Given the choice, just over half of people in the UK would be prepared to let companies use at least some of their personal information if they could see a clear benefit from doing so, new research indicates, but a third would rather deny them access to any such data.

In a survey of 1,000 UK adults by customer identity and access management business Janrain, very few (3.3%) would give businesses they trust all their personal data and then only “because they may be able to see ways to tailor my experience that I can’t”.

The figures signal a divide that marketers will have to consider in the headlong rush to personalisation, as consumers fall into several distinct camps with regards to privacy that might be broadly characterised as pragmatists, fundamentalists and unconcerned.

With data breaches becoming a regular part of the news cycle – last month hotel chain Marriott admitted that up to 500 million customer records had been hacked – consumers are increasingly aware of privacy issues; the great majority of adults in the Janrain survey (85%) were careful about computer/mobile security to some degree; less than 9% said they weren’t careful.

In the current issue of Admap, Chad Wollen, CMO at Smartpipe Solutions, warns that in this climate marketers will have to move beyond viewing data protection as simply a compliance issue and understand that it entails a fundamental shift in consumer relationships.

“Marketers have the opportunity to think differently, introducing new brand and campaign metrics aligned with the brand’s own privacy expectations, which put the privacy relationship at the heart of the business and create a sustainable advantage,” he says.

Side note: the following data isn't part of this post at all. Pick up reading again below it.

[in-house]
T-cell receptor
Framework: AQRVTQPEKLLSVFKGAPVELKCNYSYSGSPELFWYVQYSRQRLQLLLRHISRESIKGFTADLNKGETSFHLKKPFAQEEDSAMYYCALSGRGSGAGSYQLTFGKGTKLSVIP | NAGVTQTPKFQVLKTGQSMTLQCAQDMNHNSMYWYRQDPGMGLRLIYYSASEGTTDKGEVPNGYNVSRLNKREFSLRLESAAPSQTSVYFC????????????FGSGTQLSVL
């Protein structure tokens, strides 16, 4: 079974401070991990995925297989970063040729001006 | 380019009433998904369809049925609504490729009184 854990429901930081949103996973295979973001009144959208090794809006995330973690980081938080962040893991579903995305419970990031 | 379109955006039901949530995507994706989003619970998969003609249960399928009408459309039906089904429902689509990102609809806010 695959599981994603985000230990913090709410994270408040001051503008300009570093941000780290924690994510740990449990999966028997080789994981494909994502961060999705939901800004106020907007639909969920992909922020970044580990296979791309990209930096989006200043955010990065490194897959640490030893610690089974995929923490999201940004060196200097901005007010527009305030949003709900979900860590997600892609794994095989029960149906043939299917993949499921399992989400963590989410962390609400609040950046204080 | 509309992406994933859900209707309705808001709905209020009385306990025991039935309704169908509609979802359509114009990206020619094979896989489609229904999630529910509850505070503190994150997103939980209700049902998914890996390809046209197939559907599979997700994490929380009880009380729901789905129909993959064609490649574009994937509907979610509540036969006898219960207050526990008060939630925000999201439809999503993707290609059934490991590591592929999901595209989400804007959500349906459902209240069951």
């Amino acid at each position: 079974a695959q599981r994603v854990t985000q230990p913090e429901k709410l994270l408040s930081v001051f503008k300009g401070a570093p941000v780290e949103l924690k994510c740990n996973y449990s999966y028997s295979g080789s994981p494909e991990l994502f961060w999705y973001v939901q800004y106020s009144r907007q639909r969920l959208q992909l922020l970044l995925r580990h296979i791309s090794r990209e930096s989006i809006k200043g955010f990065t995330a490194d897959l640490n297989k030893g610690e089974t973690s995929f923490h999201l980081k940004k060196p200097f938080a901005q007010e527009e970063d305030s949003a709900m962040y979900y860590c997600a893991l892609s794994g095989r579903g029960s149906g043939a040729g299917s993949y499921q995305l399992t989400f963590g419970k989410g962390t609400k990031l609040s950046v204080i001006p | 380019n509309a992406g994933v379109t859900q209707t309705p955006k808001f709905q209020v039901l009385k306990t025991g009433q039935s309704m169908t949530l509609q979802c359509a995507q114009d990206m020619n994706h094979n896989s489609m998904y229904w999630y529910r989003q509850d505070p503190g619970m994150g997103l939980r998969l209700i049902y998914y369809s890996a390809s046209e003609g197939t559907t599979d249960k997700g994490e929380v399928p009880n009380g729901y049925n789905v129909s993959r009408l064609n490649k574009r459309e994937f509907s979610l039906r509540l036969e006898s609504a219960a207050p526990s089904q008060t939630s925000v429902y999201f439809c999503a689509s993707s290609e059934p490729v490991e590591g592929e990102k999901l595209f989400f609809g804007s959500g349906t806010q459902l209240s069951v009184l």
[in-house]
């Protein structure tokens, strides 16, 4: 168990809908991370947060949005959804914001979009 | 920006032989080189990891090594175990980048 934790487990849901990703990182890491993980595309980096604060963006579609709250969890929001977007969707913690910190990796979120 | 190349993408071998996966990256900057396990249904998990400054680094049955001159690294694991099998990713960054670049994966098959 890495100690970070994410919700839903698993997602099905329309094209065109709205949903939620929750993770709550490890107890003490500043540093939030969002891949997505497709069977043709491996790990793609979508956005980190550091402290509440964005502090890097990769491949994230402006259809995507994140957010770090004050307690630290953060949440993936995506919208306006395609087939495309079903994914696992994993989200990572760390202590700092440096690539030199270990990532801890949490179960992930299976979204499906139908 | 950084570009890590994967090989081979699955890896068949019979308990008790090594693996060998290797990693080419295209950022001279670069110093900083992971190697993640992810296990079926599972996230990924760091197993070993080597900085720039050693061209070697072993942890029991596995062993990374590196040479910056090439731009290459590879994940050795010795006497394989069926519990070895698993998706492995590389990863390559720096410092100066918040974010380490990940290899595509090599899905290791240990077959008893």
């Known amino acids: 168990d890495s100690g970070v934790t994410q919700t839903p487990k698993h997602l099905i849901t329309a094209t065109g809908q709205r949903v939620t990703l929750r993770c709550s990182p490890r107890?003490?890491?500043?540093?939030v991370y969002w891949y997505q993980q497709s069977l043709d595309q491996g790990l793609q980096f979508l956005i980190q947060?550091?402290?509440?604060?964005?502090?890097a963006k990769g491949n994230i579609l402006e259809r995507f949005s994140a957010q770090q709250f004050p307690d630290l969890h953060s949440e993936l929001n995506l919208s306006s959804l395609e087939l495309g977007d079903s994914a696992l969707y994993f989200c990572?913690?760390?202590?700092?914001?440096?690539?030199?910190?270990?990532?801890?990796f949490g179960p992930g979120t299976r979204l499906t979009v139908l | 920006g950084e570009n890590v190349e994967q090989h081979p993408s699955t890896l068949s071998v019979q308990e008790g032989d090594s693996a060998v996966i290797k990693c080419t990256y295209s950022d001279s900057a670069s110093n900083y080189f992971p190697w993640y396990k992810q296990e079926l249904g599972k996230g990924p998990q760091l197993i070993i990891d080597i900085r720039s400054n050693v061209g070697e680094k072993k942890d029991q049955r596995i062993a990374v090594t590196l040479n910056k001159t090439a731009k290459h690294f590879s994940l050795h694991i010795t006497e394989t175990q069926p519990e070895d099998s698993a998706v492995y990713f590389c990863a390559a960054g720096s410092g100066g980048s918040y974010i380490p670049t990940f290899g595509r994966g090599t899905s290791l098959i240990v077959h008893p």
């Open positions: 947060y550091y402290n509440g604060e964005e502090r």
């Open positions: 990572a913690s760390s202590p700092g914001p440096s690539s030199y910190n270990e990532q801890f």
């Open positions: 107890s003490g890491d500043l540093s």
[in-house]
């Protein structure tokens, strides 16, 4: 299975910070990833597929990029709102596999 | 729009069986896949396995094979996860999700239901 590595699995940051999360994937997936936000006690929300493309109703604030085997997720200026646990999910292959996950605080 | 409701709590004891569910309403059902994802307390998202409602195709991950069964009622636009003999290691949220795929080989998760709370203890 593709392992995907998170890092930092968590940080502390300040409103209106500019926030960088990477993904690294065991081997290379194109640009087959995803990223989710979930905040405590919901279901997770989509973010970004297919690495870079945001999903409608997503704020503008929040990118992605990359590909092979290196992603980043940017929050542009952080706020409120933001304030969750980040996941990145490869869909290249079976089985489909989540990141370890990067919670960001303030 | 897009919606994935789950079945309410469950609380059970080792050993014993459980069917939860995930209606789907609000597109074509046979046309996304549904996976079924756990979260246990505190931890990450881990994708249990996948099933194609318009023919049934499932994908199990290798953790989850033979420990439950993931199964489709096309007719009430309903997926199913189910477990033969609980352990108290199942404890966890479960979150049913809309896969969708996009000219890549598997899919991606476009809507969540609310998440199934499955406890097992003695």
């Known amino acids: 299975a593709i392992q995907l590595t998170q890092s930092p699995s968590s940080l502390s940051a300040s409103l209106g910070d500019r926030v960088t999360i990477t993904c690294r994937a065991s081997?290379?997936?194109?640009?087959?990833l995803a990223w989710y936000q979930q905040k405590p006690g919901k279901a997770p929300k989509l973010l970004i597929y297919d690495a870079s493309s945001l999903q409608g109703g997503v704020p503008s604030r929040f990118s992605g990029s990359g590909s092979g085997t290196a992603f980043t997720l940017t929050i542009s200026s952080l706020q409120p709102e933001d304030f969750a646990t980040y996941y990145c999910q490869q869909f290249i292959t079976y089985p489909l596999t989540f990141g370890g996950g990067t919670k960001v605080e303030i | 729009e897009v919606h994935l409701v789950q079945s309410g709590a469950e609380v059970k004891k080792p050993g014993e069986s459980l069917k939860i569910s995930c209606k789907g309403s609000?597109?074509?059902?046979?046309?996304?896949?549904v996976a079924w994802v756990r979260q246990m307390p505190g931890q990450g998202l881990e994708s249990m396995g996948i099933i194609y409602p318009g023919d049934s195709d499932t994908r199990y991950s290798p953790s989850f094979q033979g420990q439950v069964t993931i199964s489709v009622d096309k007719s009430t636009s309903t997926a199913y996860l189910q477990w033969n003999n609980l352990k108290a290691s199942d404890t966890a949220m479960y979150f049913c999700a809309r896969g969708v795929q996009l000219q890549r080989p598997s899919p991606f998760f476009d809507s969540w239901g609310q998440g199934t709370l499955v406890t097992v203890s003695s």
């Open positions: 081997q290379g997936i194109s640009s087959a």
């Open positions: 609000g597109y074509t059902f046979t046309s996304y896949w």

One side-effect of focusing simply on compliance was highlighted earlier this year as, ahead of GDPR, brands and companies bombarded consumers with emails seeking consent for the use of data – consent they often already had, according to Fiona Salmon of 1plusX.

The result was “a consumer privacy education campaign that the European Union couldn’t have dreamed of,” she writes in an article for WARC.

“Many consumers are now so aware of their GDPR rights that they’re simply refusing to opt-in to data collection and processing from the vast majority of companies,” she claims.

Data alliances offer one way forward, Salmon suggests, an approach that can give brands access to vast amounts of audience data but with far greater control and transparency than working with third-party data providers.

Alternatively, she offers up “audience expansion engines” that use AI to create accurate but anonymous consumer data profiles from a small amount of GDPR-compliant seed data.

Sourced from Janrain, Admap, WARC, BBC